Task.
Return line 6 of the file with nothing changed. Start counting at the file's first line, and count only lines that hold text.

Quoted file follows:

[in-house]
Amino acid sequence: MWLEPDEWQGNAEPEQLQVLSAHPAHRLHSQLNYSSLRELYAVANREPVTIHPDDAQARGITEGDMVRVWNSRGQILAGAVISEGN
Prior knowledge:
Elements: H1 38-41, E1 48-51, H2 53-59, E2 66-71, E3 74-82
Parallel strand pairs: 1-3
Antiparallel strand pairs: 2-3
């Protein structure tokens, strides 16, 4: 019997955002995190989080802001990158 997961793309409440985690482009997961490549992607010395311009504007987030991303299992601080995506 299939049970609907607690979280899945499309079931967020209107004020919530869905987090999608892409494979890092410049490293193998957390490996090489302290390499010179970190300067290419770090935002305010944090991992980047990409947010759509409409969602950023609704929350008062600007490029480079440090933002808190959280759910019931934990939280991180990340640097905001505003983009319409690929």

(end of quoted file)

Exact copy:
Antiparallel strand pairs: 2-3